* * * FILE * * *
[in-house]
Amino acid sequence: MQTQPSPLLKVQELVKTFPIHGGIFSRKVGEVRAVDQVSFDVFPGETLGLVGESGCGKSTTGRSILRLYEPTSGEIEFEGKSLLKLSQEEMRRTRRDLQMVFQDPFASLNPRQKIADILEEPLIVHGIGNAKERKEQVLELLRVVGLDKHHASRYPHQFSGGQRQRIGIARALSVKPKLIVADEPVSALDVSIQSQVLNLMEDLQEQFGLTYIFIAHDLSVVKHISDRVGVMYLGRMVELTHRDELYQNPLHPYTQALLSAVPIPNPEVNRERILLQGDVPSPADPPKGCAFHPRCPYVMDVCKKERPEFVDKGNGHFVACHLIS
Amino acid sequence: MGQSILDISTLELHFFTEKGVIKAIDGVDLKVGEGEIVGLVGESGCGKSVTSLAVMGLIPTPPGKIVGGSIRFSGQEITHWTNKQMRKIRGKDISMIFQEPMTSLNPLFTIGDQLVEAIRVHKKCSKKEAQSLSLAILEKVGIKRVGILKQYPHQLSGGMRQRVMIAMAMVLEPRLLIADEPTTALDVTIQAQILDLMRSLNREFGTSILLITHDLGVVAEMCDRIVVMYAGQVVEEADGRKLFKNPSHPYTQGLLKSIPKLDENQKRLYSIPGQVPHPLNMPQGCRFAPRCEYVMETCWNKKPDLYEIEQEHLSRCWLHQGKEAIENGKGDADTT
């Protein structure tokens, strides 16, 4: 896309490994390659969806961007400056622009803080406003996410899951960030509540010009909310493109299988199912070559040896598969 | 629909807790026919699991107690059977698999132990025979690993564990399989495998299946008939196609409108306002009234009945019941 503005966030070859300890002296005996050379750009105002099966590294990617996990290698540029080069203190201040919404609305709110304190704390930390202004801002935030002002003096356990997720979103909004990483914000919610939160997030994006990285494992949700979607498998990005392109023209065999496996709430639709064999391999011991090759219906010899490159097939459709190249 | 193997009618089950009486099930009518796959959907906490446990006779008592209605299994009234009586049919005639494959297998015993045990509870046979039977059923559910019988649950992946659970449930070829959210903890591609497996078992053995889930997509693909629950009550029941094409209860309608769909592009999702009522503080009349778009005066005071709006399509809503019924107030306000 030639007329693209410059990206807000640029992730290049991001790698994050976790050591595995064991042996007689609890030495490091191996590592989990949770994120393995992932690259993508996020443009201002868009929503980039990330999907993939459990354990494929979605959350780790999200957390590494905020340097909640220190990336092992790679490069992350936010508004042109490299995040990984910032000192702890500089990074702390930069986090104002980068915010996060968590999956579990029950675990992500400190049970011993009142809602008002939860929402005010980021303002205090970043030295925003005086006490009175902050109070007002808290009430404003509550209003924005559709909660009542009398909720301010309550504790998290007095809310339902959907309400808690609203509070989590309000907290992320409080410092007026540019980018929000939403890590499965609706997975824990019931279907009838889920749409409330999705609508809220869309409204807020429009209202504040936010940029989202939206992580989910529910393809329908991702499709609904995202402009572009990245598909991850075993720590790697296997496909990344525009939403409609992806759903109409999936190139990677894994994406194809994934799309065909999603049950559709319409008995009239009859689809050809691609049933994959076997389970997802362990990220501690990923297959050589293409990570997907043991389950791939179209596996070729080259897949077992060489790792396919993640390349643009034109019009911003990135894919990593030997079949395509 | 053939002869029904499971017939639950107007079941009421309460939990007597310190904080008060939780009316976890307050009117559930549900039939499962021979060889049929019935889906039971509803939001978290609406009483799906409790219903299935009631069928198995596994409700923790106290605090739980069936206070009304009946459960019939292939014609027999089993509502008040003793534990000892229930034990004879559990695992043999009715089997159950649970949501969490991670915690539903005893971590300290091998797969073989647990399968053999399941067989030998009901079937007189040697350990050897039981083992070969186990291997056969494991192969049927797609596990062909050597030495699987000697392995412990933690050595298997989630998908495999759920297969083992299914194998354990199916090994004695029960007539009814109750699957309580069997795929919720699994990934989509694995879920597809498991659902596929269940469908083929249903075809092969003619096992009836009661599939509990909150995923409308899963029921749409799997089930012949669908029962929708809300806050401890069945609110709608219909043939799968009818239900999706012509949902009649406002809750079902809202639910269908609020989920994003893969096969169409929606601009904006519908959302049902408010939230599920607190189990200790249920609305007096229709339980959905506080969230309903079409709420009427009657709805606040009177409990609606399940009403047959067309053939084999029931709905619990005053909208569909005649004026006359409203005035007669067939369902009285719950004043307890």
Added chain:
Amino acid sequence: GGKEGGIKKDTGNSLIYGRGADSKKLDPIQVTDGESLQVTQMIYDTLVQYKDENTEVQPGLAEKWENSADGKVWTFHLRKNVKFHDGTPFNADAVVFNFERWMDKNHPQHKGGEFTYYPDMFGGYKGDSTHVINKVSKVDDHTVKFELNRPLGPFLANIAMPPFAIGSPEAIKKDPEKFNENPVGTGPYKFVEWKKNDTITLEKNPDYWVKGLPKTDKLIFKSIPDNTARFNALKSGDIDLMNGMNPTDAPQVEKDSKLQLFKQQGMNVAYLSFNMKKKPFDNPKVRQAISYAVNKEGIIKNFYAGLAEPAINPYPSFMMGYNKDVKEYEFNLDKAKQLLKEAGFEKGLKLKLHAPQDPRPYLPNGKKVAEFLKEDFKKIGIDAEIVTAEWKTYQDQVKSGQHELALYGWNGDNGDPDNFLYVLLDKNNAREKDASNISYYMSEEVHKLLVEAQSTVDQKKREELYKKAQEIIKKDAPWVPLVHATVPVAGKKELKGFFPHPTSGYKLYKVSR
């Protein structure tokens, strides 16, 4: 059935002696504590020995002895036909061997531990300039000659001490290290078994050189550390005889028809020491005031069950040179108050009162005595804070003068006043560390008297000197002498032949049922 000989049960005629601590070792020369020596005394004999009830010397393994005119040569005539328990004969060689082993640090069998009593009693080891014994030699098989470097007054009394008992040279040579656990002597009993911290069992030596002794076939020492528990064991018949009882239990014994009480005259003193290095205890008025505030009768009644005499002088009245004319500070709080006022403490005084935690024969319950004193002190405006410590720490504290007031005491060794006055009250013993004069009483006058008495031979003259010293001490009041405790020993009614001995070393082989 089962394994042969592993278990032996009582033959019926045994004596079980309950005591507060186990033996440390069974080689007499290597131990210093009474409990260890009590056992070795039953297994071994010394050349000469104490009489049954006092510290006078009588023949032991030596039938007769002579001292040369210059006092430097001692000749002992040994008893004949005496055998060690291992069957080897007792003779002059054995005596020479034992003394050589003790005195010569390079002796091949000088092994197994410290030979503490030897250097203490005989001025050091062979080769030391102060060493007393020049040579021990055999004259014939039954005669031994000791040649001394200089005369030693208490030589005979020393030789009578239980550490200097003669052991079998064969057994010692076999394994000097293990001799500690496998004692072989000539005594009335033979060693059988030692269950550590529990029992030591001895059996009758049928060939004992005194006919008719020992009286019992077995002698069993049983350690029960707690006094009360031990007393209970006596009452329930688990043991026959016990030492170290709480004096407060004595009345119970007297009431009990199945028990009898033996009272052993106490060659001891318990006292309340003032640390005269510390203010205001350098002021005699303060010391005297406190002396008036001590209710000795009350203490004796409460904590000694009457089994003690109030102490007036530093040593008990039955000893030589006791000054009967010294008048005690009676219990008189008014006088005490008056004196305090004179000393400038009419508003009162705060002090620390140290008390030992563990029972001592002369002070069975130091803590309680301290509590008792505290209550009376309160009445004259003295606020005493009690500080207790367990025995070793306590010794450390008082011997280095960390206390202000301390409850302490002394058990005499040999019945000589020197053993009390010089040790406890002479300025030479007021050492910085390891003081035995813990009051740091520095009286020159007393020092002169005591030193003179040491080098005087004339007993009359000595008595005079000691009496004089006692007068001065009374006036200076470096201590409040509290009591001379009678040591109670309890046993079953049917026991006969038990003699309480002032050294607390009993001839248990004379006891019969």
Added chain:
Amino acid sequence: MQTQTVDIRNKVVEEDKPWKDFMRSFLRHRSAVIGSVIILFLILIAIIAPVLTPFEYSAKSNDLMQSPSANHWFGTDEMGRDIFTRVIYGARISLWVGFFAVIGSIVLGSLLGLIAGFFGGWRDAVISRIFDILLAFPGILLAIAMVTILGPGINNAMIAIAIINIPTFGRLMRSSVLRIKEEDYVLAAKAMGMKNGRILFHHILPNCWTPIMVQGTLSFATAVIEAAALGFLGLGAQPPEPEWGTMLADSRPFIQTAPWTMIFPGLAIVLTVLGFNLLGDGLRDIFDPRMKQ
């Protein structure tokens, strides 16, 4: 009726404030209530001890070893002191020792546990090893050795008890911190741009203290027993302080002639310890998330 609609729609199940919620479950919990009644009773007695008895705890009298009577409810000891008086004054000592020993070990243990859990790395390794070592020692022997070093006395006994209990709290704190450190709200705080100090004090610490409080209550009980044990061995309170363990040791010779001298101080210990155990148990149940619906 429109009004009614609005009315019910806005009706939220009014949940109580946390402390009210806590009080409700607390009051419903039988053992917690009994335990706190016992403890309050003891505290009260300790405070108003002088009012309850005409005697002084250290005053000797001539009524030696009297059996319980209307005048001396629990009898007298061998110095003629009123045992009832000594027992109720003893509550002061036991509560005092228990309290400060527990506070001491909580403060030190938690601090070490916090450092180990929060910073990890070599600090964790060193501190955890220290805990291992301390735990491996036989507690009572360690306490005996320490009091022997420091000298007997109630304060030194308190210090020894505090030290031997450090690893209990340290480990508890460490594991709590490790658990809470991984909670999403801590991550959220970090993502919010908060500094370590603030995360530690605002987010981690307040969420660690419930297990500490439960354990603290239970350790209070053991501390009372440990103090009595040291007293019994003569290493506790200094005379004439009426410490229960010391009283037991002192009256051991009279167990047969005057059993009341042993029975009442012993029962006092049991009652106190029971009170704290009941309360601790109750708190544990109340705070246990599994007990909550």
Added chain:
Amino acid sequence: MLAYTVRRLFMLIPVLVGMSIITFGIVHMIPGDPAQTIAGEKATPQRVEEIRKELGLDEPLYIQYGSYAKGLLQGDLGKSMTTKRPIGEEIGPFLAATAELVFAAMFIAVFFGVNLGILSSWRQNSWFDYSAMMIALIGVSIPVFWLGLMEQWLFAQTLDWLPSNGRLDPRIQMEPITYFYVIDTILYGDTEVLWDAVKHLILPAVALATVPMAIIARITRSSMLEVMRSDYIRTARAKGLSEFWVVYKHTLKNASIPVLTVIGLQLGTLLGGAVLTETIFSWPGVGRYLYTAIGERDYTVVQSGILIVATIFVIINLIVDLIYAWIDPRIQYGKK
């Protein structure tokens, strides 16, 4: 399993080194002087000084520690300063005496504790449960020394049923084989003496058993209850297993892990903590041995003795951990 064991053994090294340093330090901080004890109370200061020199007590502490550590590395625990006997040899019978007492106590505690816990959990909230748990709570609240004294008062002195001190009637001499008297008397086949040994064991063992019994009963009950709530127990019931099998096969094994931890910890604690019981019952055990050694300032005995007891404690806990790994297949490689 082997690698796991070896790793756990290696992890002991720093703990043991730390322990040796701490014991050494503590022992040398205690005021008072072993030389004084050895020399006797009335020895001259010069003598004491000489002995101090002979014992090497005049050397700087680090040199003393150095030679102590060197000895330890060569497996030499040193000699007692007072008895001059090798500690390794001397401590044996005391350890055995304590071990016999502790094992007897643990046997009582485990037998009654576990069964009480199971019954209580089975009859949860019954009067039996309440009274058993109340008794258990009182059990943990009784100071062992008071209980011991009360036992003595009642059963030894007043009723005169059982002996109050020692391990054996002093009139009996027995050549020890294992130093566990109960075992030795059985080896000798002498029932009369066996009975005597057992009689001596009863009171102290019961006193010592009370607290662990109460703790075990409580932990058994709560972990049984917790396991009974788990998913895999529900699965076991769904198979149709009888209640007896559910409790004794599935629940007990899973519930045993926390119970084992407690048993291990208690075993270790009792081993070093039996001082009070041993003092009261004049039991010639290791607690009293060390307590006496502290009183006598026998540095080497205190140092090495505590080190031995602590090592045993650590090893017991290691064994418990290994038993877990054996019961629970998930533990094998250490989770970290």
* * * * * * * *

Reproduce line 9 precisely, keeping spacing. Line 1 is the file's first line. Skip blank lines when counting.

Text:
Amino acid sequence: MQTQTVDIRNKVVEEDKPWKDFMRSFLRHRSAVIGSVIILFLILIAIIAPVLTPFEYSAKSNDLMQSPSANHWFGTDEMGRDIFTRVIYGARISLWVGFFAVIGSIVLGSLLGLIAGFFGGWRDAVISRIFDILLAFPGILLAIAMVTILGPGINNAMIAIAIINIPTFGRLMRSSVLRIKEEDYVLAAKAMGMKNGRILFHHILPNCWTPIMVQGTLSFATAVIEAAALGFLGLGAQPPEPEWGTMLADSRPFIQTAPWTMIFPGLAIVLTVLGFNLLGDGLRDIFDPRMKQ